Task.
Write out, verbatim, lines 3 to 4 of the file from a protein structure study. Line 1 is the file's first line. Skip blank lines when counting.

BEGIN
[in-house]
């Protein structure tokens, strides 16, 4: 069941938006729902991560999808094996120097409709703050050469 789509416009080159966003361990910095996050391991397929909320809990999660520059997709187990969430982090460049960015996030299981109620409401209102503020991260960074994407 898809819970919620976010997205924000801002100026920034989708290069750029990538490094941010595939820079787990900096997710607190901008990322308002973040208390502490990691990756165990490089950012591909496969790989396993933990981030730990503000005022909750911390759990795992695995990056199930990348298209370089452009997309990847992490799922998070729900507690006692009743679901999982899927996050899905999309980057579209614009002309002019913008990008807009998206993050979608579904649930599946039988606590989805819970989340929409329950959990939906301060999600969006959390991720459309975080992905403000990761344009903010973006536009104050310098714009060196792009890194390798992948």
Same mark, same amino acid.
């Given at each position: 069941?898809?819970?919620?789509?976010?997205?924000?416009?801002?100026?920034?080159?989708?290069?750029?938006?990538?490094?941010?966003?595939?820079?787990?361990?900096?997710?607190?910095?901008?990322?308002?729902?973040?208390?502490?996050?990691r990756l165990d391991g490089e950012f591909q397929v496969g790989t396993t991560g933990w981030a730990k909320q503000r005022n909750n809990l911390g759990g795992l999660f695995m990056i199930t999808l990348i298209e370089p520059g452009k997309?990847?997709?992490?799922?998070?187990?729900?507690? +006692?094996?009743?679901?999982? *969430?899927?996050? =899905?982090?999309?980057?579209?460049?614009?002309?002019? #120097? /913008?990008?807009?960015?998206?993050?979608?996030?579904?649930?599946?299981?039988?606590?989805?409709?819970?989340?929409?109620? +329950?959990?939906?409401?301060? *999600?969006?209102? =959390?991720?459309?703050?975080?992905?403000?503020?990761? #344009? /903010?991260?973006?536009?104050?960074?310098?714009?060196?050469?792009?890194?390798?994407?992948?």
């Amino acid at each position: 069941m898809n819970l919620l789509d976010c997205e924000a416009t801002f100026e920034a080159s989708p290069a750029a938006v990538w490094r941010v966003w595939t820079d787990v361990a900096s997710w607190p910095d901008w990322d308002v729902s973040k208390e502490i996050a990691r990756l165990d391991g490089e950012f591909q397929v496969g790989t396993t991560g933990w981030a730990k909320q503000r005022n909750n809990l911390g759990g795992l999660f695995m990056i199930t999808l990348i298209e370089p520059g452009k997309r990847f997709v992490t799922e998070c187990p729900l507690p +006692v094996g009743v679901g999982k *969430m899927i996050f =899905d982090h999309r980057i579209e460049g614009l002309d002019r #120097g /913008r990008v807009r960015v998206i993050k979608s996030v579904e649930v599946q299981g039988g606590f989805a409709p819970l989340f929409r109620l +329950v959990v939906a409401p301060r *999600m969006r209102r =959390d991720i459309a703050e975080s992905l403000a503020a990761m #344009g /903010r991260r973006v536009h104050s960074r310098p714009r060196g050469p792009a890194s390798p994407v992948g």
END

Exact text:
Same mark, same amino acid.
């Given at each position: 069941?898809?819970?919620?789509?976010?997205?924000?416009?801002?100026?920034?080159?989708?290069?750029?938006?990538?490094?941010?966003?595939?820079?787990?361990?900096?997710?607190?910095?901008?990322?308002?729902?973040?208390?502490?996050?990691r990756l165990d391991g490089e950012f591909q397929v496969g790989t396993t991560g933990w981030a730990k909320q503000r005022n909750n809990l911390g759990g795992l999660f695995m990056i199930t999808l990348i298209e370089p520059g452009k997309?990847?997709?992490?799922?998070?187990?729900?507690? +006692?094996?009743?679901?999982? *969430?899927?996050? =899905?982090?999309?980057?579209?460049?614009?002309?002019? #120097? /913008?990008?807009?960015?998206?993050?979608?996030?579904?649930?599946?299981?039988?606590?989805?409709?819970?989340?929409?109620? +329950?959990?939906?409401?301060? *999600?969006?209102? =959390?991720?459309?703050?975080?992905?403000?503020?990761? #344009? /903010?991260?973006?536009?104050?960074?310098?714009?060196?050469?792009?890194?390798?994407?992948?």